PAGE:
European stocks outperform as Italy soothes bank tax nerves
Global stocks rose on Wednesday and European equities outperformed as Italy soothed market nerves with the news that a windfall tax on bank profits would be less punishing than analysts had expected.
MSCI's broad index of global shares was 0.3 per cent higher in early European trade. Europe's regional Stoxx 600 share index rose 1 per cent with bank stocks around 1.6 per cent higher. Italy's FTSE MIB share index gained 2 per cent.
The Italian government shocked markets earlier this week with an announcement of a levy on banks' record profits from sharply higher interest rates, sending European banking shares down 3.5 per cent.
Italy said overnight, however, that the new tax would not amount to more than 0.1 per cent of banks' assets, reassuring analysts and investors who had expected the tax proceeds to amount to as much as 0.5 per cent of asset bases.
The fact the tax will be lower than expected "should improve market sentiment," Deutsche Bank strategist Jim Reid said. But he also cautioned that "the burden-sharing of the costs and benefits from higher rates has a habit of becoming a political issue."
In the US, stock markets were on track to rise as optimism that a peak in inflation could steer the Federal Reserve towards cutting interest rates outweighed jitters about the health of the domestic banking sector.
Futures tracking the S&P 500 share index climbed 0.3 per cent while Nasdaq futures rose by 0.4 per cent, following a broad Wall Street sell-off on Tuesday after the downgrade of several lenders by Moody's.
The dollar index, which measures the US currency against a basket of other majors, dipped 0.2 per cent.
Economists expect data on Thursday to show that the annual rate of US core inflation in July was unchanged from the previous month at 4.8 per cent, while headline inflation picked up slightly to 3.3 per cent.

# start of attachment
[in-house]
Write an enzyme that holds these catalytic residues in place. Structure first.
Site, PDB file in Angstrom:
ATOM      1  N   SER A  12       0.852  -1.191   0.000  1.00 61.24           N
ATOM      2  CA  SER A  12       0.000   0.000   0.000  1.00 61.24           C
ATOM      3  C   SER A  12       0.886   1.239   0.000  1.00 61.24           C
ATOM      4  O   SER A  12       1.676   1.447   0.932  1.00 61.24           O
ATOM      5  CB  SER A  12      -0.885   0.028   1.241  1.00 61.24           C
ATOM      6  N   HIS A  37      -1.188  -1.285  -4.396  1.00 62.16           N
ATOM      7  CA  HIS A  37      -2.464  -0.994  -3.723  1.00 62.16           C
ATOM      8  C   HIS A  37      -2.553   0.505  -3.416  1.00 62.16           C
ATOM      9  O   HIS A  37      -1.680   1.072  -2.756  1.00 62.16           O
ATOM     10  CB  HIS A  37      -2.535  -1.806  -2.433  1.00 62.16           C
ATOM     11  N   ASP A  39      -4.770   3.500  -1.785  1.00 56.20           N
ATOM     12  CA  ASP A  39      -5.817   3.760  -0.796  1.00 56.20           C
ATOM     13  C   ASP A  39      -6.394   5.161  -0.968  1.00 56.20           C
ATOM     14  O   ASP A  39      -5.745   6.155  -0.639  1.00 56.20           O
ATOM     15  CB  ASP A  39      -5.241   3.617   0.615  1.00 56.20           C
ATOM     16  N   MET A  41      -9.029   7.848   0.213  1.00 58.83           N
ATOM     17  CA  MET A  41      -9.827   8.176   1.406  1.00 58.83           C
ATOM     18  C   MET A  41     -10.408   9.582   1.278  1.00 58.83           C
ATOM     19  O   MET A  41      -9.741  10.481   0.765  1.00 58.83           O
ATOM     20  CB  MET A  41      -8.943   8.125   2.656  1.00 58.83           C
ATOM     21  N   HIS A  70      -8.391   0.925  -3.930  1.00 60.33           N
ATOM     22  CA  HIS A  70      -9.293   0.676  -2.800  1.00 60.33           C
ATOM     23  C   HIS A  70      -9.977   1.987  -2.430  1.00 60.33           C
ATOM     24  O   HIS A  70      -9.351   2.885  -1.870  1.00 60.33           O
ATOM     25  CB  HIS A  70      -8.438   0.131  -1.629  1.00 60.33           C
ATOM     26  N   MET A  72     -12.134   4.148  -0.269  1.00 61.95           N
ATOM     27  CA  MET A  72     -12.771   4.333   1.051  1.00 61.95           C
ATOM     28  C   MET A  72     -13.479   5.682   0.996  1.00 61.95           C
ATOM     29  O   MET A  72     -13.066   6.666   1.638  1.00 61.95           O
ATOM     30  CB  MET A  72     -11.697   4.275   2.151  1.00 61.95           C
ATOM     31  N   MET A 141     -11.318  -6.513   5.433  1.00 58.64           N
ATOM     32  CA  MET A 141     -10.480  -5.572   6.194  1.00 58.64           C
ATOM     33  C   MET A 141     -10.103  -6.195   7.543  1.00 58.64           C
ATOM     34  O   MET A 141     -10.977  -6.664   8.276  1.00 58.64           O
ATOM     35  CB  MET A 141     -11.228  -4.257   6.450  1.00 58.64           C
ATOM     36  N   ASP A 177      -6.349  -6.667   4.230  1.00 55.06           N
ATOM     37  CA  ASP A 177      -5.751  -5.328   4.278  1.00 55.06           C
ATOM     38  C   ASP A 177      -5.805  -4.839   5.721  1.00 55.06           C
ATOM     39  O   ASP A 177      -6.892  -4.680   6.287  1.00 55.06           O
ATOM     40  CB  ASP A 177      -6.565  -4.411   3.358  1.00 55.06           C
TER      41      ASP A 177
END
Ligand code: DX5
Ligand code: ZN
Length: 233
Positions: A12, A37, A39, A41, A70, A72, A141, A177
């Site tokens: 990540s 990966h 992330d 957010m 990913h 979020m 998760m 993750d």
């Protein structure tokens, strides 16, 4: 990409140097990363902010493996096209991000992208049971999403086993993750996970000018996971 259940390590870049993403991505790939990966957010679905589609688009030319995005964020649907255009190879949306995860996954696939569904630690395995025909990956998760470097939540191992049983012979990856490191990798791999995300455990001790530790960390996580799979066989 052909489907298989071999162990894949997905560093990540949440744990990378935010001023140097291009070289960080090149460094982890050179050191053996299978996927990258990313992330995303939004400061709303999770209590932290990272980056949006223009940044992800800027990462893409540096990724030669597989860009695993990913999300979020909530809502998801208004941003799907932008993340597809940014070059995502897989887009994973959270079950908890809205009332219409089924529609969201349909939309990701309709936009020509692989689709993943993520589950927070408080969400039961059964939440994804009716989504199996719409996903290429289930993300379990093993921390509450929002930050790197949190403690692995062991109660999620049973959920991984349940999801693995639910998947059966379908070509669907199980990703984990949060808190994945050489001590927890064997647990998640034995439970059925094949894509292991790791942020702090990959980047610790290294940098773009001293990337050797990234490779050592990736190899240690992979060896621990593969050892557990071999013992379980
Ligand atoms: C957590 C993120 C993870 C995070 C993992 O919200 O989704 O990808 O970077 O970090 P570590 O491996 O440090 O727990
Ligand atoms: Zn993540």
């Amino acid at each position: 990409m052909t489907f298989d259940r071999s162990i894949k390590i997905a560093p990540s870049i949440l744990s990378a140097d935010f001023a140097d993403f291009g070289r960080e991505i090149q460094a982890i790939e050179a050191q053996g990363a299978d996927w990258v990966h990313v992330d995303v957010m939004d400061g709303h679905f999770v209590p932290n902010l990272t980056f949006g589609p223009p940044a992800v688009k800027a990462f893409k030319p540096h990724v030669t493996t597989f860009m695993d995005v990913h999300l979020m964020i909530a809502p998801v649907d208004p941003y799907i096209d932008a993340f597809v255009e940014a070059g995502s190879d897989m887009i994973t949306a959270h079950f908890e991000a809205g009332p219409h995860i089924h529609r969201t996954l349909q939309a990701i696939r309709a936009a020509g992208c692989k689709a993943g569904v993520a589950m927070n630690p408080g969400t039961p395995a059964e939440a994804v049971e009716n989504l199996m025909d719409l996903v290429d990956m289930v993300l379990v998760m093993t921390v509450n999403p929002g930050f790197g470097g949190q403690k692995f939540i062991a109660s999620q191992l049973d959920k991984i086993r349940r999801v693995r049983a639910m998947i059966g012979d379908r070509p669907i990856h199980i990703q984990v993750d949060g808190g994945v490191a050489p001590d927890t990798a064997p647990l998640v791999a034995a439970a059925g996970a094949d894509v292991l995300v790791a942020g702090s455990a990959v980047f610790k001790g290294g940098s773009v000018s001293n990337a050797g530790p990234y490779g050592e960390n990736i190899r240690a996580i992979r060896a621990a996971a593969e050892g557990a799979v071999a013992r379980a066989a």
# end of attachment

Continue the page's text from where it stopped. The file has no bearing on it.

Small businesses' concerns about inflation fell to the lowest level in almost two years, a report by the US. National Federation of Independent Businesses on Tuesday showed.
Data out of China on Wednesday showed producer prices in the world's major manufacturing hub fell for a 10th consecutive month in July. China's consumer price index also tipped into deflation for the first time since February 2021.
The data followed disappointing trade figures out of China a day earlier.
US Treasury markets were steady on Wednesday as traders held back from making bets ahead of the US inflation release.
The rates-sensitive two-year yield was flat at 4.758 per cent.
Ten-year yields were also unchanged on the day at around 4.02 per cent, after falling 5 basis points overnight to as low as 3.98 per cent, a one-week trough.
Strategists at BCA warned that even though US businesses saw inflation easing, a tight labour market showed that "inflationary risks have not yet been extinguished," meaning the Federal Reserve would remain "reluctant to meaningfully cut interest rates."
Elsewhere, oil prices were marginally higher. Brent crude futures rose 0.2 per cent to $86.36 per barrel and US. West Texas Intermediate crude futures added 0.3 per cent to $83.15.
The gold price was 0.3 per cent higher at $1,930.24 per ounce.
In Asia, the MSCI's broadest index of Asia-Pacific shares outside Japan edged 0.2 per cent higher, following a 1.2 per cent tumble a day earlier. Japan's Nikkei slipped 0.4 per cent.